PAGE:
Dollar To Naira Black Market Exchange Rate 16 September 2023
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Dollar to Naira Black Market Rate 16 September 2023
The current exchange rate for dollar to naira at the Lagos Parallel Market, also known as the Black Market, is set at N950 for buying and N955 for selling.
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Dollars to Naira Black Market – Handy Conversion Data Table
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Naira to Dollar Black Market Handy Conversion Data Table
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Dollar to Naira Rates News 16 September 2023
The naira fell sharply against the dollar on the black market, as the dollar index hit a six-month high. The black market exchange rate for the naira reached N955/$1, up from N945/$1 the previous day.
The depreciation of the naira is likely due to a number of factors, including:
The rising dollar index, which makes the dollar more expensive for buyers of other currencies.
Nigeria’s reliance on imports, which means that the country needs to buy large amounts of dollars to pay for goods and services from abroad.
The ongoing war in Ukraine, which has disrupted global supply chains and increased demand for oil and other commodities, which are priced in dollars.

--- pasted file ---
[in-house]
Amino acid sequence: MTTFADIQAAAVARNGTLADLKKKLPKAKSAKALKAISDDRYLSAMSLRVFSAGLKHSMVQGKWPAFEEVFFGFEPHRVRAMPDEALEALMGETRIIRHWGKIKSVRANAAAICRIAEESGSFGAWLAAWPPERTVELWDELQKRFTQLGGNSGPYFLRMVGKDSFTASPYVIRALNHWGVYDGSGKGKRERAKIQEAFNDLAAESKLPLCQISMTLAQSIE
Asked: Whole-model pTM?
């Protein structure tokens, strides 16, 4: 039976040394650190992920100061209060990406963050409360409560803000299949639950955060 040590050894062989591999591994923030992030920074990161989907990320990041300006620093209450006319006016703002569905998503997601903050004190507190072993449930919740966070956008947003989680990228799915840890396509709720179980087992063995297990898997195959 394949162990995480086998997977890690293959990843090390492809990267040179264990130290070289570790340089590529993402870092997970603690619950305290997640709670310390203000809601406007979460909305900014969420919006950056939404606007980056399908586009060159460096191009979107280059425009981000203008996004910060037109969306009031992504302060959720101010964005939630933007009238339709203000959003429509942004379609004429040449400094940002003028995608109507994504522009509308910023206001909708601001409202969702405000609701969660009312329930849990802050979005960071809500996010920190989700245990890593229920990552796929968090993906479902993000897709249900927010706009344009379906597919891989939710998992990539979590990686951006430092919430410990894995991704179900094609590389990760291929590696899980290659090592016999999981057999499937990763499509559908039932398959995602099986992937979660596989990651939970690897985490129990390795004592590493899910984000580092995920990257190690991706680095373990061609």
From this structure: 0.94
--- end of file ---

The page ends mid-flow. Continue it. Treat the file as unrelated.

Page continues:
The depreciation of the naira is likely to have a number of negative consequences for Nigeria’s economy. It will make it more expensive for businesses to import raw materials and finished goods, which could lead to higher inflation. It will also make it more difficult for Nigerians to afford imported goods, such as food and electronics.
The Nigerian government has taken a number of steps to try to stabilize the naira, including restricting the amount of foreign currency that can be exchanged at commercial banks. However, these measures have not been successful in preventing the naira from depreciating.
The depreciation of the naira is likely to continue in the coming months, unless the Nigerian government takes more decisive action to address the underlying economic problems.
Here are some potential implications of the naira’s fall on the black market:
Higher inflation: As imported goods become more expensive, inflation is likely to rise. This will hurt consumers and businesses alike.
Reduced economic growth: A weaker naira makes it more difficult for businesses to export goods and services, which could lead to slower economic growth.
Increased poverty: A weaker naira makes it harder for people to afford basic necessities, which could lead to an increase in poverty.
The Nigerian government needs to take urgent steps to address the naira’s depreciation, in order to protect the economy and the people